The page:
For Your Consideration

I have held, and will always hold, that it is the little things that matter most.  You can have two items, two stories, that are in large strokes exactly the same, but it is the little details that end up endearing one to a generation while the other winds up mostly forgotten, completely independent of its success.  The endearing tale could be one that hardly makes anyone any money but it a cult favorite for decades, and the “forgotten” one could make millions in the short-term and in a few years people barely remember that it existed.

Almost every MMO these days uses some form of the color con system.  Red often means that it is going to be hard or impossible to beat, some form of grey or green often indicates an easy kill, with shades of blue, yellow and more in between to let you know your chances if you decide to fight it.  And yet, beyond the color or number or whatever other indicator they use, there is nothing more. We are, at this point, expected to know what that means.

A giant diseased rat scowls at you, ready to attack. What would you like your tombstone to say?

Sometimes, however, I think we’ve lost something by moving entirely to numbers and UI indicators.  EverQuest added flavor to the consideration system by spelling it our for you, giving you your faction relationship and a difficulty assessment all in one quick message.  But the most important part of it was that while some information might be readily available in your targeting window, you had to actually /con the target to get the message.  It lent just a little push toward the RP in MMORPG, that your character, that you, had to stop and look the target over, reading his demeanor and body language, that your character was a hero who kept abreast of clan markings and signs of madness, that the hero you controlled, that you embodied, would be able to look at a monster and say, “Not only does that thing probably hate my guts, I’m pretty sure he’ll beat the crap out of me too.”

To me, it’s the words that made that happen, and it is the lack of words, the purely UI based blinkies and numbers that make my brain flip immediately to math and calculations and I wind up saying, “The level disparity will reduce my effectiveness to the point that I don’t believe my DPS is enough to bring his hit points to zero before he does to mine.”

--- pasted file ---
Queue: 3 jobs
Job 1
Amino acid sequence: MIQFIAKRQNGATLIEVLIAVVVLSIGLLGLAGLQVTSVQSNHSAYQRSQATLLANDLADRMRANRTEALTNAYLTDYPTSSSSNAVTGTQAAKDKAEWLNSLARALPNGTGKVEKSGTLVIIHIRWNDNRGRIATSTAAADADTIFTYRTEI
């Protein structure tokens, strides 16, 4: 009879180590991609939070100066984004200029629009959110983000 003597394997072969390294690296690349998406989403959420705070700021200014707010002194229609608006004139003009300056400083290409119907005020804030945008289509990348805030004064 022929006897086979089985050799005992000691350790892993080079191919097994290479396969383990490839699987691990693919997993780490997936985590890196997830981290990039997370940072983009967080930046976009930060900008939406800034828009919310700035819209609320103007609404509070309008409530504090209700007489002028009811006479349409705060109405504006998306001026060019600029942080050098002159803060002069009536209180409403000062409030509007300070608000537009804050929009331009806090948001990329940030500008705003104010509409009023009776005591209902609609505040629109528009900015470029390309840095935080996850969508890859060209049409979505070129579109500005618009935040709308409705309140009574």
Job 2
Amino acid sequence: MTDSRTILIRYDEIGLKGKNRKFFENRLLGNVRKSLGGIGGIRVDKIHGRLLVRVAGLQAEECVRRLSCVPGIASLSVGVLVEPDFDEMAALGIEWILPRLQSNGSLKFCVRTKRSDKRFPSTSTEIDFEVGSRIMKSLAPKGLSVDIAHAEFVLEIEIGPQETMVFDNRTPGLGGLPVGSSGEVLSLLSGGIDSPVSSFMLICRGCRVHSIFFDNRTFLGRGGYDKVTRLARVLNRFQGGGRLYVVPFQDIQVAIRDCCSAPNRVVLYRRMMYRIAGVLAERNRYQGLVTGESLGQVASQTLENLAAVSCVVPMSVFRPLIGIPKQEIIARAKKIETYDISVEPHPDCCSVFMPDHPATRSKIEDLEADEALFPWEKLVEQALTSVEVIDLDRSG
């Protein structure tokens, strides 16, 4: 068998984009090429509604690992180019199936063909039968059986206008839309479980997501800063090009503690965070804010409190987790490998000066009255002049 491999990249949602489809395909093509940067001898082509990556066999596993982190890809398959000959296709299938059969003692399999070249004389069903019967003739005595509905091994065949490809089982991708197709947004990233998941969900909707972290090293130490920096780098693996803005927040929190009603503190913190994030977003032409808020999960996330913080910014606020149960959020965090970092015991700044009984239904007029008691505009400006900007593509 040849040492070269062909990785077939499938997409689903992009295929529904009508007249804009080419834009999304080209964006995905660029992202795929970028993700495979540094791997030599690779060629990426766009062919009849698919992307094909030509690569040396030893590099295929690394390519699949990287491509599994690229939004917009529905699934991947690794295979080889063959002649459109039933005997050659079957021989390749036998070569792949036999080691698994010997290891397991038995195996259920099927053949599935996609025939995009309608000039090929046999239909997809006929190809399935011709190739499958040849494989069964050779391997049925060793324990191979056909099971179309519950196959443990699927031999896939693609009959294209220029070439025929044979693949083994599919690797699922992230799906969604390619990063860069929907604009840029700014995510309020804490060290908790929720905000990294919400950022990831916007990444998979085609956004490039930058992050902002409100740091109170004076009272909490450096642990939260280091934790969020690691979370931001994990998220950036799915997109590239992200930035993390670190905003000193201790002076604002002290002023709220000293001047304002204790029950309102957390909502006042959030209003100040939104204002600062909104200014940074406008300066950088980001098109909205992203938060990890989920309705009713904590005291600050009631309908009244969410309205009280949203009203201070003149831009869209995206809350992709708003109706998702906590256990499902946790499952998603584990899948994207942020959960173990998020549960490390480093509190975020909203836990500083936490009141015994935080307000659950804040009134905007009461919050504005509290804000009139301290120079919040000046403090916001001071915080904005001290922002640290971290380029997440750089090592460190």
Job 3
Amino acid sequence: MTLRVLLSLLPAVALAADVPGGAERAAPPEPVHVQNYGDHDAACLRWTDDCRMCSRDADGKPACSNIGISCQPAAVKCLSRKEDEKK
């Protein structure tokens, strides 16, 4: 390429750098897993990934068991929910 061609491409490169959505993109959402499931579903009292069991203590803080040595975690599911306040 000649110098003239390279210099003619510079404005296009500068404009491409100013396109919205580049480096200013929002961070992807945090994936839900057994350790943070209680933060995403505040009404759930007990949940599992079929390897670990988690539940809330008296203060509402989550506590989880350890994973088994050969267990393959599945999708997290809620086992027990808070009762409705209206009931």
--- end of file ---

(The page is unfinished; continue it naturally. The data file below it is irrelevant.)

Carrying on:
It’s just one more things that brings me again to my conclusion that I seem to be out of sorts with so many MMOs because they’ve reduced themselves to being just games instead of being more than games.

4 comments

  1. Tesh says:

    If there were a /con system in place on top of the colors, would it get used?

    • Jason says:

      By most people, probably not. I would use the hell out of it though, especially if the developers threw in lots of different sayings for different types of cons.

      Most people are looking to play more simple games. Red means stop, green means go, yellow means proceed with caution. The only role many people want to play is a guy sitting at his computer hitting buttons and getting loot.

  2. Tesh says:

    You might appreciate this recent article; the money quote for me was ” Isn’t the point of an RPG — MMO or otherwise — to let me roleplay what I choose?”

    http://massively.joystiq.com/2011/06/21/the-soapbox-the-uncle-owen-paradox/

    I’m with you; I think that players need to do more than be passively entertained, and /con systems with great flavor are a great touch. I just think that they can’t be *required* in the present market, for better or worse. …at least, not in a DIKU sort of game. Maybe in a RPG that’s not about the levels and the loot, but about actually playing a role. *shrug*

    • Jason says:

      I’ve always loved the excuse that they weren’t delivering the Star Wars or Luke experience and instead had the Uncle Owen simulator, because it allows me to trot out gems like “Without Uncle Owen you don’t get Luke Skywalker.” The thing I love about the idea of a really well developed sandbox is that so many people can play in so many ways that the games they are playing within the sandbox don’t resembled each other. I want to play in a world where I can be a merchant while my friend is a dungeon spelunking hero, he plays it by bashing things on the head and I’m playing it by crafting and manning a store and working in the player run city and so on, and not because I make it up and create it myself out of nothing, but because the game supports both play styles.

Leave a Reply

Your email address will not be published. Required fields are marked *